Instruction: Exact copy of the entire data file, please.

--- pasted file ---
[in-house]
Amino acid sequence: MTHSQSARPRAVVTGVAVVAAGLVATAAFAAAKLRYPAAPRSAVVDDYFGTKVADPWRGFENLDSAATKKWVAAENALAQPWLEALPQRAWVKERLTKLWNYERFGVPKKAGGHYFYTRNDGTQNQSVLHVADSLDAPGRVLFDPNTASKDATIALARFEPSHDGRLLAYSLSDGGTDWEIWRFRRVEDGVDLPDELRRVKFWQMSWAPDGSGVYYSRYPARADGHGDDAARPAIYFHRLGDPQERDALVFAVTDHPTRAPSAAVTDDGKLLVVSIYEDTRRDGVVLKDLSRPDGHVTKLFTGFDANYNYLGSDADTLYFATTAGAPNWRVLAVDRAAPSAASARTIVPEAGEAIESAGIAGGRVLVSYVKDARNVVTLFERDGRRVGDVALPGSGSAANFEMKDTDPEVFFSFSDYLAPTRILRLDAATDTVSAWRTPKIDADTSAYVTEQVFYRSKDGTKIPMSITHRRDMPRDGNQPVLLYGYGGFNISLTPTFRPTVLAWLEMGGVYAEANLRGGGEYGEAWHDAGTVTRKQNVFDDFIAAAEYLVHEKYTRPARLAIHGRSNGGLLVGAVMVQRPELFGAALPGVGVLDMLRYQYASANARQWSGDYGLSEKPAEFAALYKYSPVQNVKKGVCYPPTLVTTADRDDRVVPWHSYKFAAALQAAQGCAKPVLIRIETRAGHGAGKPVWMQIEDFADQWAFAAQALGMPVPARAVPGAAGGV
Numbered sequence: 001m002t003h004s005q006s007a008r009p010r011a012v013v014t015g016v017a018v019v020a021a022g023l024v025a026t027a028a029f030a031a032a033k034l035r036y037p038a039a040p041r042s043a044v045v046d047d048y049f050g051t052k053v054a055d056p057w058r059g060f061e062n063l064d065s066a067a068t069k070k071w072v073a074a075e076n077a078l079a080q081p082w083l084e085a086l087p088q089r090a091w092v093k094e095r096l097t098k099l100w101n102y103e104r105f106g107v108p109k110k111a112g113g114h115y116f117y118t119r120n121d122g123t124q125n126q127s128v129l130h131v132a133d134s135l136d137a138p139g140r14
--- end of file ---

[in-house]
Amino acid sequence: MTHSQSARPRAVVTGVAVVAAGLVATAAFAAAKLRYPAAPRSAVVDDYFGTKVADPWRGFENLDSAATKKWVAAENALAQPWLEALPQRAWVKERLTKLWNYERFGVPKKAGGHYFYTRNDGTQNQSVLHVADSLDAPGRVLFDPNTASKDATIALARFEPSHDGRLLAYSLSDGGTDWEIWRFRRVEDGVDLPDELRRVKFWQMSWAPDGSGVYYSRYPARADGHGDDAARPAIYFHRLGDPQERDALVFAVTDHPTRAPSAAVTDDGKLLVVSIYEDTRRDGVVLKDLSRPDGHVTKLFTGFDANYNYLGSDADTLYFATTAGAPNWRVLAVDRAAPSAASARTIVPEAGEAIESAGIAGGRVLVSYVKDARNVVTLFERDGRRVGDVALPGSGSAANFEMKDTDPEVFFSFSDYLAPTRILRLDAATDTVSAWRTPKIDADTSAYVTEQVFYRSKDGTKIPMSITHRRDMPRDGNQPVLLYGYGGFNISLTPTFRPTVLAWLEMGGVYAEANLRGGGEYGEAWHDAGTVTRKQNVFDDFIAAAEYLVHEKYTRPARLAIHGRSNGGLLVGAVMVQRPELFGAALPGVGVLDMLRYQYASANARQWSGDYGLSEKPAEFAALYKYSPVQNVKKGVCYPPTLVTTADRDDRVVPWHSYKFAAALQAAQGCAKPVLIRIETRAGHGAGKPVWMQIEDFADQWAFAAQALGMPVPARAVPGAAGGV
Numbered sequence: 001m002t003h004s005q006s007a008r009p010r011a012v013v014t015g016v017a018v019v020a021a022g023l024v025a026t027a028a029f030a031a032a033k034l035r036y037p038a039a040p041r042s043a044v045v046d047d048y049f050g051t052k053v054a055d056p057w058r059g060f061e062n063l064d065s066a067a068t069k070k071w072v073a074a075e076n077a078l079a080q081p082w083l084e085a086l087p088q089r090a091w092v093k094e095r096l097t098k099l100w101n102y103e104r105f106g107v108p109k110k111a112g113g114h115y116f117y118t119r120n121d122g123t124q125n126q127s128v129l130h131v132a133d134s135l136d137a138p139g140r14